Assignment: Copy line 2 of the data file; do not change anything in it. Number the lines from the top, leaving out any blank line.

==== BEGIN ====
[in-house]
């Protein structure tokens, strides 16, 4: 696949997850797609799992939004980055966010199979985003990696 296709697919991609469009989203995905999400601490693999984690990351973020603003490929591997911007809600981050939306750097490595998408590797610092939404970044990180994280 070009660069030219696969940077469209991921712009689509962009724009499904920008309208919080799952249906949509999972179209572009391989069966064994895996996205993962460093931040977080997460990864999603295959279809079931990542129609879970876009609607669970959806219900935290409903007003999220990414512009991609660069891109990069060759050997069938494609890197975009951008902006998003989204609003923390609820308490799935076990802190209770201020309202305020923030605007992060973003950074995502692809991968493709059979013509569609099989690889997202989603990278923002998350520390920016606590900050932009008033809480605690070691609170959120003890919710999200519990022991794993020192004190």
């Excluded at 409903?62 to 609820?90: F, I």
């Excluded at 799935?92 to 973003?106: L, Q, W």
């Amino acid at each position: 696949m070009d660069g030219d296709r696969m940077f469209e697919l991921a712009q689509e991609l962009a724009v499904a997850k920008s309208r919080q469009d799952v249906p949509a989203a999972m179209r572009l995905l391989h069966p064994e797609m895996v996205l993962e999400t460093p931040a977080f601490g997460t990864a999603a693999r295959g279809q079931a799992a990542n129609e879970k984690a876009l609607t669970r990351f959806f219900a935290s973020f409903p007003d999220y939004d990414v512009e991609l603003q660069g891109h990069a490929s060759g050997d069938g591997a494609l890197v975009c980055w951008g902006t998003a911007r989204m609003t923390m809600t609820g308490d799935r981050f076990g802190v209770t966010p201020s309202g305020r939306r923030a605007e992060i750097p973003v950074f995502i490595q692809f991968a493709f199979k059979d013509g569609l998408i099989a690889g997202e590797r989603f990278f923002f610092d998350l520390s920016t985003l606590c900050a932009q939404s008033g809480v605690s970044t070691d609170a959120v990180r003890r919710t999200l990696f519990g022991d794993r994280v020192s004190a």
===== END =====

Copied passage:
């Protein structure tokens, strides 16, 4: 696949997850797609799992939004980055966010199979985003990696 296709697919991609469009989203995905999400601490693999984690990351973020603003490929591997911007809600981050939306750097490595998408590797610092939404970044990180994280 070009660069030219696969940077469209991921712009689509962009724009499904920008309208919080799952249906949509999972179209572009391989069966064994895996996205993962460093931040977080997460990864999603295959279809079931990542129609879970876009609607669970959806219900935290409903007003999220990414512009991609660069891109990069060759050997069938494609890197975009951008902006998003989204609003923390609820308490799935076990802190209770201020309202305020923030605007992060973003950074995502692809991968493709059979013509569609099989690889997202989603990278923002998350520390920016606590900050932009008033809480605690070691609170959120003890919710999200519990022991794993020192004190």